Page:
It’s exactly like the thousands more in Commonwealth War Grave Commission cemeteries right across the world, impeccably white in their Portland stone against the vivid green of carefully tended grass, all exactly the same size and shape, all with names and dates carved in letters of the same height regardless of rank, race or creed because everyone is equal under the earth.

The stone behind which I stood commemorates Private Edward Charles John Connelly of the 10th Battalion, Queen’s (West Surrey) Regiment, who was killed 100 years ago this week, on November 4 1918, a week before the Armistice. He was 19 years old and he was my great-uncle.

Edward Connelly (seated, far left) in the only surviving photograph of the 19-year-old who fell at Harelbeke. Picture: Charlie Connelly – Credit: Archant

I’d been invited to Harelbeke as a guest of honour at their annual Armistice Day remembrance service. A few minutes before that poignant procession past Edward Connelly’s grave I’d been honoured to read aloud the familiar lines from Laurence Binyon’s poem For The Fallen about them not growing old, about how age shall not weary them and how at the going down of the sun we will remember them, and then a bugler had sounded the eloquent cadences of The Last Post, the familiar notes rising into the chill Flanders air over the distant whisper of traffic.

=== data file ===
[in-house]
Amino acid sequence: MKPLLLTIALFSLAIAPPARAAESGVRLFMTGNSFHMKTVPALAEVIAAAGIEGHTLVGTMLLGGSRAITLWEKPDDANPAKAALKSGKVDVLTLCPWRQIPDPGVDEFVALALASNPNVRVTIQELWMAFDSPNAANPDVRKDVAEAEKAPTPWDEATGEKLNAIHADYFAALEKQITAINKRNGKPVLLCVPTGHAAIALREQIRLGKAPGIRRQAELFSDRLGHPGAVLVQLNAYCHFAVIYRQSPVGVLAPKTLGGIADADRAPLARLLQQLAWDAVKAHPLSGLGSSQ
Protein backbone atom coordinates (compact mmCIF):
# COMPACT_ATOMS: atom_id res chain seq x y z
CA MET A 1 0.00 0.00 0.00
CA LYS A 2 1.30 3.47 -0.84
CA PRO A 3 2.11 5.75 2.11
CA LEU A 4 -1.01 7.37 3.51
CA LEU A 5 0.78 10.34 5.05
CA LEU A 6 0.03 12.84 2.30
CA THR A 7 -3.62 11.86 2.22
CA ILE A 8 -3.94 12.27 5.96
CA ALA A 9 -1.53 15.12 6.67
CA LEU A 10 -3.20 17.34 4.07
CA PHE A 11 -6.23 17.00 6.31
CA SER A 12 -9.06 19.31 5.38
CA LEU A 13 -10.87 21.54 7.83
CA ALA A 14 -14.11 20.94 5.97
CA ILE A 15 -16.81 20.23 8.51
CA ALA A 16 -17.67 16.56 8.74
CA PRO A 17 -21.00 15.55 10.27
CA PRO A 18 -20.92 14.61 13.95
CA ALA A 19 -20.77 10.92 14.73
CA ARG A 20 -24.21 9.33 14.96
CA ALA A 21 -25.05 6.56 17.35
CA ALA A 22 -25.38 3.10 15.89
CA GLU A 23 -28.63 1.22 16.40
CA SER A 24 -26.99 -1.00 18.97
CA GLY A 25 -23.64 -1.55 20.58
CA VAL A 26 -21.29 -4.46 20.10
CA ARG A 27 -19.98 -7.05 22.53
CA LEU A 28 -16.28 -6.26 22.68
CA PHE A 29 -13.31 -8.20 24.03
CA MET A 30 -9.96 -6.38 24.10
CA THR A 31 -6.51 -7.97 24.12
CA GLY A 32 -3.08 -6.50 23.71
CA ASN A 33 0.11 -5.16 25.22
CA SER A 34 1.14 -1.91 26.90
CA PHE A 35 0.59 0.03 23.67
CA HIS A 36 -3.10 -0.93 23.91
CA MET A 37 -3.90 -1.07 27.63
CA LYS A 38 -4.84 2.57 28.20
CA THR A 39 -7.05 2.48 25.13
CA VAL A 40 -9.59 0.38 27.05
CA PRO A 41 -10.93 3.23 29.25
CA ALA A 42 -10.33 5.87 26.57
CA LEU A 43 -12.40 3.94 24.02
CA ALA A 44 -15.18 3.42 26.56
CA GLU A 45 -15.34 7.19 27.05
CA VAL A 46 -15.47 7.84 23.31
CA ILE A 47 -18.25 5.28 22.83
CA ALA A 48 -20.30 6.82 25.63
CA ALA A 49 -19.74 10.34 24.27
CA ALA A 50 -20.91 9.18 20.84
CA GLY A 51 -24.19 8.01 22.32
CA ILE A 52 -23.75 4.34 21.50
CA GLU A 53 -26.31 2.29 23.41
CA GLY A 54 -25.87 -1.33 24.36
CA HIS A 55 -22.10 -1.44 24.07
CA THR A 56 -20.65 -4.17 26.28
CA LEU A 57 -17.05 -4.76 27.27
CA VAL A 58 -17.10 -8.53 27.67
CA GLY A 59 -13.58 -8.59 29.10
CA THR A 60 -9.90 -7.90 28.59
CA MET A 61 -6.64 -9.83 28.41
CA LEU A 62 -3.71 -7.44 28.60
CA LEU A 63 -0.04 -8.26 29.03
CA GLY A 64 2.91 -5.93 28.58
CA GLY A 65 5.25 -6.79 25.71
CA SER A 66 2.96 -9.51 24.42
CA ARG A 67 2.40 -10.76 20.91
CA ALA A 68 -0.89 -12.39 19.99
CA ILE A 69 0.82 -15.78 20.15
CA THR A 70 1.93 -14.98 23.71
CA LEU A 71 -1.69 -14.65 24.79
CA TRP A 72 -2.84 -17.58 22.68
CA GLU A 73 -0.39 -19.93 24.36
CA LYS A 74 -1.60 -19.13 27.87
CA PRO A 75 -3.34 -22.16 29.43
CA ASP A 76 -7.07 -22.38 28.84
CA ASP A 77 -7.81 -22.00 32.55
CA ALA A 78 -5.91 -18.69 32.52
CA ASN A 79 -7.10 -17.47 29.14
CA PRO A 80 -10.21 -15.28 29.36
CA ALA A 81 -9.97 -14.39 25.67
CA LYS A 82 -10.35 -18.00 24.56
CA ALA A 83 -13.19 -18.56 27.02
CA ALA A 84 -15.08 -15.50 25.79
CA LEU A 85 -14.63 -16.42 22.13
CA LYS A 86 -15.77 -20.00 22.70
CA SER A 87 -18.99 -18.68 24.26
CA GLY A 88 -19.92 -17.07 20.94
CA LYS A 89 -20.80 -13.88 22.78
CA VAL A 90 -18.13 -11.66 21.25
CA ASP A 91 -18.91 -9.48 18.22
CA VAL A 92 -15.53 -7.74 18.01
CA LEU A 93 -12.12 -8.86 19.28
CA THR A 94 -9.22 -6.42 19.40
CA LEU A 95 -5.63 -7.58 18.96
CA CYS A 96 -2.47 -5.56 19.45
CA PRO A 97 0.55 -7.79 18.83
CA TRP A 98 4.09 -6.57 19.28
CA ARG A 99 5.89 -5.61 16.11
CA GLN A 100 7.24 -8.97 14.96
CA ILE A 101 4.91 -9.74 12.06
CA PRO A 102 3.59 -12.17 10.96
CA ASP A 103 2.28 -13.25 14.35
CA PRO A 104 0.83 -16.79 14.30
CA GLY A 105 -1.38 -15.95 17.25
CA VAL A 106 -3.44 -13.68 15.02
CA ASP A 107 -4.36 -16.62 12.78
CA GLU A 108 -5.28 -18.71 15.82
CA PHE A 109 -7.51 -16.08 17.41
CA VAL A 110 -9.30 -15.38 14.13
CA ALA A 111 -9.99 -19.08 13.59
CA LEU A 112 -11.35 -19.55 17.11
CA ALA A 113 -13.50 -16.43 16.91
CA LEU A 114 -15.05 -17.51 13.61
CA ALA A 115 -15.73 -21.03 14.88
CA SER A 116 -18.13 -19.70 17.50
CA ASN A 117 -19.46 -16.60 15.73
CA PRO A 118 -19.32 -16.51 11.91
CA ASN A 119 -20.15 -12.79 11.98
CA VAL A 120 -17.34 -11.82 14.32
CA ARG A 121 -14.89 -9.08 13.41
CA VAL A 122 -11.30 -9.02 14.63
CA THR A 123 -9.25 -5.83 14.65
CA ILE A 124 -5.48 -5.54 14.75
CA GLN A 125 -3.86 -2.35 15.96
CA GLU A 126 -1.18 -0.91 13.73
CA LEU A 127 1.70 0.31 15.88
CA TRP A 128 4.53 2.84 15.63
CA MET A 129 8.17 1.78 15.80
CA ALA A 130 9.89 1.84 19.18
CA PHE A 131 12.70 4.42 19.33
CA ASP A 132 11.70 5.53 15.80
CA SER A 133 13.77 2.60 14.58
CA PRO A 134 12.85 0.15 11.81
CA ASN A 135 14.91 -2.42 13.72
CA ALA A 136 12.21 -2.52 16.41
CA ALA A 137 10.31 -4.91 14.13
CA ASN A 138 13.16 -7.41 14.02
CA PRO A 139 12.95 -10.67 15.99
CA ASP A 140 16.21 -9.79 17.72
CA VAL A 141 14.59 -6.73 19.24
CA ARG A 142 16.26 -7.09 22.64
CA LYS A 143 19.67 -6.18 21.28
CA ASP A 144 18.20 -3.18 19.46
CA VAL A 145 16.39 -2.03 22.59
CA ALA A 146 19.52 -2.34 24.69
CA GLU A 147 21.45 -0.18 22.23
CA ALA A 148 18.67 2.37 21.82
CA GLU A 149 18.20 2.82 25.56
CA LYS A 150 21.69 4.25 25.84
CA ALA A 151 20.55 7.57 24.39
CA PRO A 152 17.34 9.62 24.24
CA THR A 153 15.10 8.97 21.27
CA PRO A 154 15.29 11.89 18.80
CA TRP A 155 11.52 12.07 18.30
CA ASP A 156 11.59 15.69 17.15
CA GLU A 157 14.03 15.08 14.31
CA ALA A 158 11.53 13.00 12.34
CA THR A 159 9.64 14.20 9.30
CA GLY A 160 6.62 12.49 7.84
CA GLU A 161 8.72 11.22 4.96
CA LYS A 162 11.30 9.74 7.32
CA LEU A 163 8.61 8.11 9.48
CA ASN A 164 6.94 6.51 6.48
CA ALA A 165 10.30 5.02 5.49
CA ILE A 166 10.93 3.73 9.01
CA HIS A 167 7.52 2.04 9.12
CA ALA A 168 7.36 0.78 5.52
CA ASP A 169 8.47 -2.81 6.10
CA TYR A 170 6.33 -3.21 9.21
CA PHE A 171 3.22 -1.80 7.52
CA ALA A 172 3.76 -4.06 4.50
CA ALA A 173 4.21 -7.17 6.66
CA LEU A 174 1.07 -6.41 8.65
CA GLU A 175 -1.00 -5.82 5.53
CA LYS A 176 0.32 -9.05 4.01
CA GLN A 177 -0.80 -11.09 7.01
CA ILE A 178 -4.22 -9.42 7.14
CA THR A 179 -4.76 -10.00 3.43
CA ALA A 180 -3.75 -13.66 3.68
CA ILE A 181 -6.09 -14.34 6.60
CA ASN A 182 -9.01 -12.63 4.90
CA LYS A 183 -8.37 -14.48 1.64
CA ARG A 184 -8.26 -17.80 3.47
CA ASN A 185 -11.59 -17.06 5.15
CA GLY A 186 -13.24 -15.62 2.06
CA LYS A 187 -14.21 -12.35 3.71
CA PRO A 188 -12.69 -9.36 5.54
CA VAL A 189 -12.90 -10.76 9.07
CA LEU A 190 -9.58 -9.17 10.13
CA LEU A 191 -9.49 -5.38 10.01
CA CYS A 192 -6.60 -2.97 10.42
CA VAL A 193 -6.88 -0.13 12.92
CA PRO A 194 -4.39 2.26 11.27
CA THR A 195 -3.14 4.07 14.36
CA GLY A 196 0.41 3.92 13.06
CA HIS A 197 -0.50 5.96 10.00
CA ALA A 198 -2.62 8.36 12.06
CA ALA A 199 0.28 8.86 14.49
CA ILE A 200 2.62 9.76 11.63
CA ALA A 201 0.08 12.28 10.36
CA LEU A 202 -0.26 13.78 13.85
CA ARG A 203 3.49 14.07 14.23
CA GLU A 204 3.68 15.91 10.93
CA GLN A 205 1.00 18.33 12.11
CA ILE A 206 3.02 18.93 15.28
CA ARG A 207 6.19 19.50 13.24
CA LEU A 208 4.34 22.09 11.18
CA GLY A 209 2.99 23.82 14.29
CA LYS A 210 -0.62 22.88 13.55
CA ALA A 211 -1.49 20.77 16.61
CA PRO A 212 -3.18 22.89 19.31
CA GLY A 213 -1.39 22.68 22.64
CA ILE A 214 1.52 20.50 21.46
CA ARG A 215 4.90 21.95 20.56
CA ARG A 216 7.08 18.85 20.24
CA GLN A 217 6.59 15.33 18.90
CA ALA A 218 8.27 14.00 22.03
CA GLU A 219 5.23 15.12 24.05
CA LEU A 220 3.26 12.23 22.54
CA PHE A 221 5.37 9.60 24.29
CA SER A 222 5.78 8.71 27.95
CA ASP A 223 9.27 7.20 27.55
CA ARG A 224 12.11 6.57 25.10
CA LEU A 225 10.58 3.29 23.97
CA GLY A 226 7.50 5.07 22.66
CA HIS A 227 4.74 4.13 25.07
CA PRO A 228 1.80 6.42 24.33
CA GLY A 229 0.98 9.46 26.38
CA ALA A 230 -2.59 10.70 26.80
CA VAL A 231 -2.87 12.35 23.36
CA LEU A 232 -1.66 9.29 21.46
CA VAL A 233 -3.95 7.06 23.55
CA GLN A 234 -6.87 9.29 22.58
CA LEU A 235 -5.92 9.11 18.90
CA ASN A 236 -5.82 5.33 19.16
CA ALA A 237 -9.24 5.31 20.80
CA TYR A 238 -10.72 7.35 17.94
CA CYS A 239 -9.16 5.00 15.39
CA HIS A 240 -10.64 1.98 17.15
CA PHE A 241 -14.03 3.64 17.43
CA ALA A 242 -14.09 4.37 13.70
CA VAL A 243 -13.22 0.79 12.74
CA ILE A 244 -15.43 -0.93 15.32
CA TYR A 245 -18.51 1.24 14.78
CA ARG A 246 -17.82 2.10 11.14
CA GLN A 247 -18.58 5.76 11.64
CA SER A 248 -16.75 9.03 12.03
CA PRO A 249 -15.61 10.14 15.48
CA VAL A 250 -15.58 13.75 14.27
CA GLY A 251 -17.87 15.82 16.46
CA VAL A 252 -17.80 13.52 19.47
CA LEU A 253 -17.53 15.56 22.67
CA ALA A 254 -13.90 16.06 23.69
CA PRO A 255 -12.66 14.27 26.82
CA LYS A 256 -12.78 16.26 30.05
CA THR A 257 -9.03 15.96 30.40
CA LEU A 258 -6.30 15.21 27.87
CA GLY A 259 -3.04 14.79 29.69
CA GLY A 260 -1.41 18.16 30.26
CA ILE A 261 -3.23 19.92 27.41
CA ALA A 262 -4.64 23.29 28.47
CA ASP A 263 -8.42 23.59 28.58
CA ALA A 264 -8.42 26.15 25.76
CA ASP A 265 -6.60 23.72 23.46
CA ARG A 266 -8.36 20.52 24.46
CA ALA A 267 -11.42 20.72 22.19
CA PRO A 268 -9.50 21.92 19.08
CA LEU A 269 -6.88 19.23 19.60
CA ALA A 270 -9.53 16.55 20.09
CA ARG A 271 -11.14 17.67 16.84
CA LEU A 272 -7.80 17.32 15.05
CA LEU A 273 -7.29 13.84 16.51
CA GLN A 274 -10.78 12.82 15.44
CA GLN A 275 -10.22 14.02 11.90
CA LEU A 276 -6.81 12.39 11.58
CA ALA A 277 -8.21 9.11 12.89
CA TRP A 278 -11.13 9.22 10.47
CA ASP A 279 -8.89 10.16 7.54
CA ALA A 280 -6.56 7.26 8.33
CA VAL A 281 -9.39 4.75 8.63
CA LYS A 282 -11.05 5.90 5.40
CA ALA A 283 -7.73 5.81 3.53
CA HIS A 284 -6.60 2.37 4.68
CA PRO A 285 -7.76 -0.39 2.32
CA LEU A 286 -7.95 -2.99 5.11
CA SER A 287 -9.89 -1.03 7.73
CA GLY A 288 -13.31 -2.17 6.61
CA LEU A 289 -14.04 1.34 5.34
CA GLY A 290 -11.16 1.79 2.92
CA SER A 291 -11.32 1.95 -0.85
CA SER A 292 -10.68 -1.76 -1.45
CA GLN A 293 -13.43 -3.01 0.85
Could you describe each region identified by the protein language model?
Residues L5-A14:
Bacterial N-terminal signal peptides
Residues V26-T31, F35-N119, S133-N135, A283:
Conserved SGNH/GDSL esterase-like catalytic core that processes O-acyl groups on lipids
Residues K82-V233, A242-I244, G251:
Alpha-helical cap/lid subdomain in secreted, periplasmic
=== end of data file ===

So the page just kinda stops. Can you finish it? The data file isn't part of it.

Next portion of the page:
This was my second visit to the cemetery. I’d made my first journey to Harelbeke a few months earlier and I’d made it entirely on foot. I owed great-uncle Edward that much.

I’d stumbled across Edward Connelly while dabbling in some family tree research. I knew my grandfather, 16 when the war ended, had joined up after lying about his age because my father had told me, adding that he’d never talked about it. But I couldn’t recall ever hearing about his elder brother, killed just seven days before the Armistice, the same day as Wilfred Owen.